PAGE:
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Multiple Uplinks Per Antenna (MUPA) Signal Acquisition Schemes

Show simple item record Morabito, David D. Abraham, Douglas S. 2020-05-04T16:39:44Z 2020-05-04T16:39:44Z 2018-05-28
dc.identifier.citation The 15th International Conference on Space Operations (SpaceOps), Marseille, France, May 28 - June 1, 2018 en_US
dc.identifier.clearanceno 18-2057
dc.description.abstract The Deep Space Network (DSN) currently makes use of the technique of Multiple Spacecraft per Antenna (MSPA) where a single antenna is used to track multiple spacecraft downlinks within its beam, such as in the case of multiple spacecraft orbiting Mars at 8.4 GHz (X-band). It is desired to extend this technique to the uplink where a single station is used to send a signal to multiple spacecraft in order to make more efficient use of ground resources. This would be applicable to numerous smallsat constellations being considered for future missions or to future spacecraft at Venus, Mars, or more distant destinations that are all within the half-power beamwidth of a single 34-m diameter antenna. In one scheme, each spacecraft’s command sequences would be time multiplexed onto a single uplink frequency. Each spacecraft would lock onto the uplink signal and would accept only commands intended for it via special identifier codes. Each spacecraft would also emit a downlink signal to the ground that is coherent with the uplink signal but would have its own allocated frequency channel and identifier information. A couple of key challenges associated with using this technique need to be addressed. Because of the single uplink frequency, coherent turnaround for two-way Doppler and ranging would not conform to established ratios, thus the radios employed by the spacecraft would need to be capable of variable turnaround ratios. In addition, because of the different orbits or spacecraft trajectories, the relative Doppler shifts and rates can be large with respect to the common uplink signal whose frequency would lie at the centroid of the frequencies of the expected received signals of the constellation. This would be problematic with standard analog spacecraft radios whose acquisition bandwidths are relatively small (~1.7 kHz) relative to the large frequency offsets (~100 kHz) expected using the single frequency uplink technique. With the advent of software defined radios (SDRs), signal frequency search algorithms can be utilized within the flight software and/or programmable hardware (e.g., FPGAs) that can easily acquire and track signals with large frequency offsets and varying dynamics. Such techniques could include FFT search algorithms, step-and-sweep search algorithms, or onboard frequency steering making use of trajectory vectors uplinked to each member spacecraft. Other challenges include mitigation of potential interference between received signals. We have identified several software defined radios that are in different stages of development and whose key parameters have been tabulated. We have examined each radio’s capabilities with respect to acquiring and tracking signals with large frequency offsets. Such analyses made use of previous studies supplemented with specially designed tests using both simulation tools and/or existing testbeds. We have compared signal acquisition times computed from provided algorithms along with measured values derived from tests using existing hardware and simulation tools for the purpose of conducting tradeoff studies between the various radio designs and software/firmware programming approaches. en_US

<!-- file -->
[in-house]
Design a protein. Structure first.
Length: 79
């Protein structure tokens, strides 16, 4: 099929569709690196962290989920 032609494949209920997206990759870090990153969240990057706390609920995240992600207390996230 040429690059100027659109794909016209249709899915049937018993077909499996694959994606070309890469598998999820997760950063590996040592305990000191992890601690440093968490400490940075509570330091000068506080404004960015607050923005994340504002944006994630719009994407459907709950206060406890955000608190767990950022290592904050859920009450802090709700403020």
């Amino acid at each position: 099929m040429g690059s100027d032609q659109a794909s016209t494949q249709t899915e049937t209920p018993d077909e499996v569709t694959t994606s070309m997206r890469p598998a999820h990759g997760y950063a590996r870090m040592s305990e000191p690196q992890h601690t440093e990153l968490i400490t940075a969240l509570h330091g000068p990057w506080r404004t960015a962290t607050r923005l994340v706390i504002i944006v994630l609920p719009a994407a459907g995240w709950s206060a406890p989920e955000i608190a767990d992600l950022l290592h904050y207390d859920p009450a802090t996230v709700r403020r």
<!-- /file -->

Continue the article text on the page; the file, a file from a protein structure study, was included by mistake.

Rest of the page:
dc.description.sponsorship NASA/JPL en_US
dc.language.iso en_US en_US
dc.publisher Pasadena, CA: Jet Propulsion Laboratory, National Aeronautics and Space Administration, 2018 en_US
dc.title Multiple Uplinks Per Antenna (MUPA) Signal Acquisition Schemes en_US
dc.type Preprint en_US

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